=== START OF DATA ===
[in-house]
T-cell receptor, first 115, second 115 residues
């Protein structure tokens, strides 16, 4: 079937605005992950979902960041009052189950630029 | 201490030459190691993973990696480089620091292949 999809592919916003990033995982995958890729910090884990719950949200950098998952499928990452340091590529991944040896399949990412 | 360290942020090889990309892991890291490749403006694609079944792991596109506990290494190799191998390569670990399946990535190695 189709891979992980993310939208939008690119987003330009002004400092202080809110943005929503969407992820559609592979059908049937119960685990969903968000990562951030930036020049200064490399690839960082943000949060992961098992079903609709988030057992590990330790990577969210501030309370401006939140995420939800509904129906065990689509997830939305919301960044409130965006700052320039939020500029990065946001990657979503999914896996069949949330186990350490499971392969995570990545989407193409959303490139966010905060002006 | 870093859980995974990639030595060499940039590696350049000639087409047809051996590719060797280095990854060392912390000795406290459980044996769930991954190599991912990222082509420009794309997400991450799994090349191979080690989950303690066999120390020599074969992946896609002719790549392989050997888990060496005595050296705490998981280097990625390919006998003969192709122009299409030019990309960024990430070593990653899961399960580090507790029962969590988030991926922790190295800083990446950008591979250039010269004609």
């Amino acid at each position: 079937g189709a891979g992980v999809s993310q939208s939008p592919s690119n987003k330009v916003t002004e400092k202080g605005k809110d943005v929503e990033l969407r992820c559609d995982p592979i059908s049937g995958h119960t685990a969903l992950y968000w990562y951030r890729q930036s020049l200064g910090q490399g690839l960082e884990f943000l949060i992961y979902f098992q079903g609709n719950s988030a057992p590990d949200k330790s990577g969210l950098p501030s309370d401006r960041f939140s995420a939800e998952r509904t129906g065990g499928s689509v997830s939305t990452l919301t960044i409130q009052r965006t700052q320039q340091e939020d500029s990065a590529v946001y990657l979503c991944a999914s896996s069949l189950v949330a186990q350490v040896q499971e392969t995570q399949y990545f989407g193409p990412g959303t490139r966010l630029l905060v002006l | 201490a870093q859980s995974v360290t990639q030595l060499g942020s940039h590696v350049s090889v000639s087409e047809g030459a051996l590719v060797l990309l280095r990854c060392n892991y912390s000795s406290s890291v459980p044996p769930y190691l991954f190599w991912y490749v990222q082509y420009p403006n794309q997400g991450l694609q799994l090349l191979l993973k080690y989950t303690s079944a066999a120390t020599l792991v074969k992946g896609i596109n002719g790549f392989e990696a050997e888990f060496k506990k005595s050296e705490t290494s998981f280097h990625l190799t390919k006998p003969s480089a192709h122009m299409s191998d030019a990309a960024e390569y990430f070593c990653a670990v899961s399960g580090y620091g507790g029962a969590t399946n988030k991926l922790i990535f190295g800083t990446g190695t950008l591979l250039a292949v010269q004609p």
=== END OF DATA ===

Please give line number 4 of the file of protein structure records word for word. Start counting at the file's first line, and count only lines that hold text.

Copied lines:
């Amino acid at each position: 079937g189709a891979g992980v999809s993310q939208s939008p592919s690119n987003k330009v916003t002004e400092k202080g605005k809110d943005v929503e990033l969407r992820c559609d995982p592979i059908s049937g995958h119960t685990a969903l992950y968000w990562y951030r890729q930036s020049l200064g910090q490399g690839l960082e884990f943000l949060i992961y979902f098992q079903g609709n719950s988030a057992p590990d949200k330790s990577g969210l950098p501030s309370d401006r960041f939140s995420a939800e998952r509904t129906g065990g499928s689509v997830s939305t990452l919301t960044i409130q009052r965006t700052q320039q340091e939020d500029s990065a590529v946001y990657l979503c991944a999914s896996s069949l189950v949330a186990q350490v040896q499971e392969t995570q399949y990545f989407g193409p990412g959303t490139r966010l630029l905060v002006l | 201490a870093q859980s995974v360290t990639q030595l060499g942020s940039h590696v350049s090889v000639s087409e047809g030459a051996l590719v060797l990309l280095r990854c060392n892991y912390s000795s406290s890291v459980p044996p769930y190691l991954f190599w991912y490749v990222q082509y420009p403006n794309q997400g991450l694609q799994l090349l191979l993973k080690y989950t303690s079944a066999a120390t020599l792991v074969k992946g896609i596109n002719g790549f392989e990696a050997e888990f060496k506990k005595s050296e705490t290494s998981f280097h990625l190799t390919k006998p003969s480089a192709h122009m299409s191998d030019a990309a960024e390569y990430f070593c990653a670990v899961s399960g580090y620091g507790g029962a969590t399946n988030k991926l922790i990535f190295g800083t990446g190695t950008l591979l250039a292949v010269q004609p």